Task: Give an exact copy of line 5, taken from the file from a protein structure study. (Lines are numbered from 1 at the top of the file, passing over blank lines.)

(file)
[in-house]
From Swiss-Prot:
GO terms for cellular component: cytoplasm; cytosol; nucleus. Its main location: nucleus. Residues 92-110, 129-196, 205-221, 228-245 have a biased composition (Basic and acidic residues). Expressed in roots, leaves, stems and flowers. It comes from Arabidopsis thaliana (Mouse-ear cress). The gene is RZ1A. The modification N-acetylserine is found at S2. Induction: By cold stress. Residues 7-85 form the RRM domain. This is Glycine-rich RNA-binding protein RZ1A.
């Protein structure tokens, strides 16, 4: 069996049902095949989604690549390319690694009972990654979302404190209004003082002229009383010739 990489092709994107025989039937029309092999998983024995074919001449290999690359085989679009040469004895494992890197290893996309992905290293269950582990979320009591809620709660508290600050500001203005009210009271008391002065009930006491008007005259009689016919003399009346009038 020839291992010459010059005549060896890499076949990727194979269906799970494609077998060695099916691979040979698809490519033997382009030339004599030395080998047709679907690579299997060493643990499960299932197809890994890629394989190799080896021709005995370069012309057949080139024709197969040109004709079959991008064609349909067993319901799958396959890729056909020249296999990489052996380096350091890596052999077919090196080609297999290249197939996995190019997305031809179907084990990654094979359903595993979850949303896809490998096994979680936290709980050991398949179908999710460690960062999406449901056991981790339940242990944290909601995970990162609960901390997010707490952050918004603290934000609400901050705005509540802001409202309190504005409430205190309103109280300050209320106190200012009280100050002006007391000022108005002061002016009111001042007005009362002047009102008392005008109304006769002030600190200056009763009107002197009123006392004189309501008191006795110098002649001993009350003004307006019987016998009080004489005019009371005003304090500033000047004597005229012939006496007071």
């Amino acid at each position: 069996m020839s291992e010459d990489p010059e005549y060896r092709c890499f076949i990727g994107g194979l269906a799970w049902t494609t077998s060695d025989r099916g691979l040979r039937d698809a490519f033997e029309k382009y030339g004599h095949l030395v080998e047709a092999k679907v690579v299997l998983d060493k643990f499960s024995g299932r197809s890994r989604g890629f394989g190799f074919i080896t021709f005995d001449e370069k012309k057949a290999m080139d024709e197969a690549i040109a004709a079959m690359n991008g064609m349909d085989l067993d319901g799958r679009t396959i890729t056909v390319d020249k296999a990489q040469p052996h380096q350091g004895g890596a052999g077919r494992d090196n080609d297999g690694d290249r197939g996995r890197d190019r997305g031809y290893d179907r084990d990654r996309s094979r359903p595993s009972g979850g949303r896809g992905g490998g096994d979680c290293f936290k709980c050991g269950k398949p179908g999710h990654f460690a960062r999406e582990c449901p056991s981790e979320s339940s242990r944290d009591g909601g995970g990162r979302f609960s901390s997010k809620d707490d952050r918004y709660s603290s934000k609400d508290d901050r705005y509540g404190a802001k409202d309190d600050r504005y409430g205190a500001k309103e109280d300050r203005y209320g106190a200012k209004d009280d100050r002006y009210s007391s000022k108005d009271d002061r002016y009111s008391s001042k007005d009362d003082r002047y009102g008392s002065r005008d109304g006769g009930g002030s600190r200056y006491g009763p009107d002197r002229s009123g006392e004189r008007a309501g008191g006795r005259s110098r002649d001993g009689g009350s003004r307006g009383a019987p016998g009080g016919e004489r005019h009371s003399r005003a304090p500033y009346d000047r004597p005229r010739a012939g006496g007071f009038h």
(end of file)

């Amino acid at each position: 069996m020839s291992e010459d990489p010059e005549y060896r092709c890499f076949i990727g994107g194979l269906a799970w049902t494609t077998s060695d025989r099916g691979l040979r039937d698809a490519f033997e029309k382009y030339g004599h095949l030395v080998e047709a092999k679907v690579v299997l998983d060493k643990f499960s024995g299932r197809s890994r989604g890629f394989g190799f074919i080896t021709f005995d001449e370069k012309k057949a290999m080139d024709e197969a690549i040109a004709a079959m690359n991008g064609m349909d085989l067993d319901g799958r679009t396959i890729t056909v390319d020249k296999a990489q040469p052996h380096q350091g004895g890596a052999g077919r494992d090196n080609d297999g690694d290249r197939g996995r890197d190019r997305g031809y290893d179907r084990d990654r996309s094979r359903p595993s009972g979850g949303r896809g992905g490998g096994d979680c290293f936290k709980c050991g269950k398949p179908g999710h990654f460690a960062r999406e582990c449901p056991s981790e979320s339940s242990r944290d009591g909601g995970g990162r979302f609960s901390s997010k809620d707490d952050r918004y709660s603290s934000k609400d508290d901050r705005y509540g404190a802001k409202d309190d600050r504005y409430g205190a500001k309103e109280d300050r203005y209320g106190a200012k209004d009280d100050r002006y009210s007391s000022k108005d009271d002061r002016y009111s008391s001042k007005d009362d003082r002047y009102g008392s002065r005008d109304g006769g009930g002030s600190r200056y006491g009763p009107d002197r002229s009123g006392e004189r008007a309501g008191g006795r005259s110098r002649d001993g009689g009350s003004r307006g009383a019987p016998g009080g016919e004489r005019h009371s003399r005003a304090p500033y009346d000047r004597p005229r010739a012939g006496g007071f009038h």